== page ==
Two of ~100 known species of parrotfish. (Left) Rainbow Parrotfish (Flickr). (Right) Stoplight Parrotfish (Wikimedia Commons)

Snorkeling can be dangerous

Floating on the surface of a gentle lagoon may sound like a leisurely, carefree afternoon, but this is not necessarily the case. The leading cause of tourist death in Hawaii is drowning (very few locals drown), and snorkeling is by far the leading cause of drowning. But deaths attributed to drowning can be from something else called Rapid Onset Pulmonary Edema (ROPE) – a dangerous condition in which the alveoli (the tiny air sacs in the lungs) fill with fluid instead of air, causing pulmonary edema.

Underlying causes of ROPE include heart and respiratory disease, but it has also been linked to flying. A family is suing Hawaii for the May 2022 death of Ray Johnson, who was snorkeling in Maui, claiming that Hawaii did not properly educate visitors about the risk of ROPE. This may be nothing more than a money grab since the Johnsons were experienced snorkelers who had already visited Maui six times and had "snorkeled [there] many times in the past." Sounds fishy. 


There is also some controversy about the safety of full-face snorkels vs the traditional design. 

(Left) A traditional two-piece snorkeling set. (Right) A full-face snorkel. 

The Turks and Caicos traveling guide has taken an official position on mask choice, warning that full-face masks are dangerous because too much carbon dioxide builds up in them compared to traditional two-piece snorkels. The difference is in the dead space (2): A normal snorkel has a dead space volume of 160 mL. Full-face masks range from 250 to 1,470 mL; rebreathing carbon dioxide is clearly a bigger threat in these masks.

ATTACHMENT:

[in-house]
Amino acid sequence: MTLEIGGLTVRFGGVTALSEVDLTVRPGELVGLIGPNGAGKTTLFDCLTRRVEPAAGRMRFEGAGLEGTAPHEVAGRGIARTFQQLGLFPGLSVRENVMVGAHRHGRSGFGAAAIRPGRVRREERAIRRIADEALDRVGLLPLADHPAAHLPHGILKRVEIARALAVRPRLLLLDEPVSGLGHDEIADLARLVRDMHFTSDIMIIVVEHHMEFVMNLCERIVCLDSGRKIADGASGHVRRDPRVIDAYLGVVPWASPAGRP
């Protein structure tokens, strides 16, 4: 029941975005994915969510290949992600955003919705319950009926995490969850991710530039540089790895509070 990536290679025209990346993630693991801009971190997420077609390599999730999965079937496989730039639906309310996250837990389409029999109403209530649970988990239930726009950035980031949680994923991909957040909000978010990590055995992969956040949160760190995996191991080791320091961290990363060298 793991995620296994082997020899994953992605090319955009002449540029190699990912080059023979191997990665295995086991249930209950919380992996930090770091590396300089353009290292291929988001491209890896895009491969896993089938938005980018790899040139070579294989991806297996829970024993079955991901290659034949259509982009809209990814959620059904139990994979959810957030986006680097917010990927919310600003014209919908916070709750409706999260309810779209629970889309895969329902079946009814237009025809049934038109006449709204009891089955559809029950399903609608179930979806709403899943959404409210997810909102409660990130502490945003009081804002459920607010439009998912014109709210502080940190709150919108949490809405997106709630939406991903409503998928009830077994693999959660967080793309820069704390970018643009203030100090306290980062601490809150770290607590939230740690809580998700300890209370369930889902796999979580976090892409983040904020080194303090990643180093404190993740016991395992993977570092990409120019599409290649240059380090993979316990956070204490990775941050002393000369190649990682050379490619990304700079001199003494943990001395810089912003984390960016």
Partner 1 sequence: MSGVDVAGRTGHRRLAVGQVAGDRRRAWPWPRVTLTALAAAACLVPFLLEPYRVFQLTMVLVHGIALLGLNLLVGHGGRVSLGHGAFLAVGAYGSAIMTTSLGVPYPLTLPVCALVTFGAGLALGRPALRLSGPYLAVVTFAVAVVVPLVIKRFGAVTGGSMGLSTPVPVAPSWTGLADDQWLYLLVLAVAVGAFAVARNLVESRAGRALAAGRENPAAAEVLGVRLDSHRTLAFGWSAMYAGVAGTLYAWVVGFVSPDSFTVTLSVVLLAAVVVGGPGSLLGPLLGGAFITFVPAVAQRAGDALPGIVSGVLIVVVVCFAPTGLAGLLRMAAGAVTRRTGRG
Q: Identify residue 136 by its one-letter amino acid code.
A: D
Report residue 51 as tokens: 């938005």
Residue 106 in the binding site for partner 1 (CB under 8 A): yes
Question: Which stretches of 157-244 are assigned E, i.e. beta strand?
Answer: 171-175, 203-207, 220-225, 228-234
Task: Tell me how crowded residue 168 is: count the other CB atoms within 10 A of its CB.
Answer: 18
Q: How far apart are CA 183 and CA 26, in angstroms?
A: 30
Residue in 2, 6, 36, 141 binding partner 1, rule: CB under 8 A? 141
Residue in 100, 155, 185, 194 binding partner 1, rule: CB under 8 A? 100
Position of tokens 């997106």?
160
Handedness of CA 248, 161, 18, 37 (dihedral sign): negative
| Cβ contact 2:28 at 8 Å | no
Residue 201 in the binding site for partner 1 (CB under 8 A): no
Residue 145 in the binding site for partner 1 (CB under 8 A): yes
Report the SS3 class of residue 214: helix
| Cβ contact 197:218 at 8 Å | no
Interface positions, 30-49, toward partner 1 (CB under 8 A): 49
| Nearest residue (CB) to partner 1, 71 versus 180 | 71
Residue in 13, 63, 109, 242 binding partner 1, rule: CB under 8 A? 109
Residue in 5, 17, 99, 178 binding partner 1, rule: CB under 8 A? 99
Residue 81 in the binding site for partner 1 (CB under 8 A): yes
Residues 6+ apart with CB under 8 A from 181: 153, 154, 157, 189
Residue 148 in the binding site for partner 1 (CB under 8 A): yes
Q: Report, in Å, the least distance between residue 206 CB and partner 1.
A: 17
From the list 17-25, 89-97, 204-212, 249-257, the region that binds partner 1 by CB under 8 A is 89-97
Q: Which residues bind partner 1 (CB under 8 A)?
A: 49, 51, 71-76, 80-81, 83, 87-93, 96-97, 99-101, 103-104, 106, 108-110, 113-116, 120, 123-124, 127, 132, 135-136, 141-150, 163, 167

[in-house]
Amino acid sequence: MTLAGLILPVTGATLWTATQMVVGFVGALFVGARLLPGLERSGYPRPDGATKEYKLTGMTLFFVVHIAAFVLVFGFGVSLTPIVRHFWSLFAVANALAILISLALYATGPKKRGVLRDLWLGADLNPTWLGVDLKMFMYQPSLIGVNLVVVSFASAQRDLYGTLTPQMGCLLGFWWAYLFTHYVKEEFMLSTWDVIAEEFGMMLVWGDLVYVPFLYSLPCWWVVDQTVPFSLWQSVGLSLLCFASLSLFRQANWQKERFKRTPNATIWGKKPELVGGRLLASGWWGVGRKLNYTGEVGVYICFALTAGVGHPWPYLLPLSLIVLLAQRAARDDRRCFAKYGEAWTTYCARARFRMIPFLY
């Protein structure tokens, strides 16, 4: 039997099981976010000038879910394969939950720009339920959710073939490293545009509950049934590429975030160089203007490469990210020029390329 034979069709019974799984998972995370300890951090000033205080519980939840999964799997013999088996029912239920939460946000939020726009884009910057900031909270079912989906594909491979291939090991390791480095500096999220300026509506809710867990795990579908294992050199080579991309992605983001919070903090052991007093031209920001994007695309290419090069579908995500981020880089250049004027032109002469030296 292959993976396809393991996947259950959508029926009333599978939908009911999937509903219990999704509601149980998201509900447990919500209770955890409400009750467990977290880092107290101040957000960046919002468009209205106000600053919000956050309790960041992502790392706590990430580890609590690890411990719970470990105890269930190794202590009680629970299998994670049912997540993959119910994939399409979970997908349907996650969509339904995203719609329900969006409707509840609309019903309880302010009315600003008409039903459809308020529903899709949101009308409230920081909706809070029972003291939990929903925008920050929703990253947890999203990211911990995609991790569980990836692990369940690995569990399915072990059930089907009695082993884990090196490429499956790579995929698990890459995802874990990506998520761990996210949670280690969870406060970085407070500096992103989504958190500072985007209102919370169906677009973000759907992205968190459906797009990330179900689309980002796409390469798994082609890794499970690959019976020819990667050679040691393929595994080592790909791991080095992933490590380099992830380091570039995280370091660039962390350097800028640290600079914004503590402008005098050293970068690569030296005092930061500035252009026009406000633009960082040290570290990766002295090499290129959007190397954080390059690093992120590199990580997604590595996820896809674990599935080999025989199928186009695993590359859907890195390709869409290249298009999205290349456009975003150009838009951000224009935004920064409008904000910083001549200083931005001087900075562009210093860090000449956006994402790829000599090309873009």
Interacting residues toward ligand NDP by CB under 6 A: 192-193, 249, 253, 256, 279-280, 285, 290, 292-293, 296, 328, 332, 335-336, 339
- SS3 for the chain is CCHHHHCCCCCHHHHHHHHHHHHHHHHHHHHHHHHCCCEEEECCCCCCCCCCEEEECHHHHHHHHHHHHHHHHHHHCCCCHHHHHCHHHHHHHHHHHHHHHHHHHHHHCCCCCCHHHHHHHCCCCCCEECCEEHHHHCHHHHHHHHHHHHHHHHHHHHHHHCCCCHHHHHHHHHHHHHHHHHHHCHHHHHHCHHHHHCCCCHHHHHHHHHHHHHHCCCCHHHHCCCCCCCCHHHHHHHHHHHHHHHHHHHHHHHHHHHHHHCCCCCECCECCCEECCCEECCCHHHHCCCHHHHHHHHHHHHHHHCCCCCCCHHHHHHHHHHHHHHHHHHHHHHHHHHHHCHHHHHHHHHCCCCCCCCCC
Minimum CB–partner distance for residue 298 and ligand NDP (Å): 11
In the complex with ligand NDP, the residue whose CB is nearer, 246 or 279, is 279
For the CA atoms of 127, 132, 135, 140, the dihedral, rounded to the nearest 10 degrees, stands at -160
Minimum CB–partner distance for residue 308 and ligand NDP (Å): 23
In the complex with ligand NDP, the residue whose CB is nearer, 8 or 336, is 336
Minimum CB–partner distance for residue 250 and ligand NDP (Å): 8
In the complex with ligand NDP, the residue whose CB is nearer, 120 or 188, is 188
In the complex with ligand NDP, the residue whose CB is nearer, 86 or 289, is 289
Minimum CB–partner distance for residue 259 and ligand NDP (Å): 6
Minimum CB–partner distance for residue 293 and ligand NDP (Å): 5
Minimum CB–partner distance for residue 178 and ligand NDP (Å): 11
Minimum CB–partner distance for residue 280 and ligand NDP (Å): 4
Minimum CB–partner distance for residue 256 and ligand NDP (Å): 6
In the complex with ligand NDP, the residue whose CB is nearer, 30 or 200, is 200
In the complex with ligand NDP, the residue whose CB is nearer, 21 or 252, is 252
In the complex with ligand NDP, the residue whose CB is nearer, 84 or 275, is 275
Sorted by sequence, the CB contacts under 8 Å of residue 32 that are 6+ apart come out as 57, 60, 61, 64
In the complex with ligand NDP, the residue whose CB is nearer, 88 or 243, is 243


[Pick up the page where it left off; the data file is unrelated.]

The primary and overriding concern with full face masks is CO2 build up in the mask. Humans exhale carbon dioxide (CO2) when they breathe, and this CO2 can collect in the voids inside the mask when being used in the water. When CO2 levels increase in the mask, users may experience headaches, panic, dizziness, and unconsciousness, which of course can be life-threatening when experienced in the water

However, companies that sell them, for example, here and here on Amazon, claim otherwise. In my opinion, I'll take good snorkeling equipment, which can cost hundreds of dollars, over the full-face mask any day.

Snorkeling is not for everyone

I should have seen this coming. My long-suffering wife also suffers from motion sickness. Who knew that this would rear its ugly head in the water? Well, we found out after floating for 15 seconds in "waves," possibly capable of capsizing a tongue depressor. Suffice it to say that I had plenty of "me" time on this trip.

Trip report

Bermuda is absolutely gorgeous, spotless, and welcoming. The snorkeling is good – not great (1) – and there are many different reefs to try, some more sheltered than others; the water is beautiful and clear in most places. Just don't go there looking for a bargain. It is scary-expensive, and saving money by going off-season isn't a great option. The water is too chilly for most swimmers before June, when "the season" officially begins. 


(1) To get spectacular, one needs to snorkel on the outside of the reefs and (the open ocean side). Expect to get tossed around, and the currents can be strong. You'd have to be an idiot to go out there alone. I plead guilty. 

(2) Dead space in a snorkel refers to the portion of the snorkel tube where exhaled air remains and gets re-inhaled during the next breath. 


Josh Bloom

Director of Chemical and Pharmaceutical Science

Dr. Josh Bloom, the Director of Chemical and Pharmaceutical Science, comes from the world of drug discovery, where he did research for more than 20 years. He holds a Ph.D. in chemistry.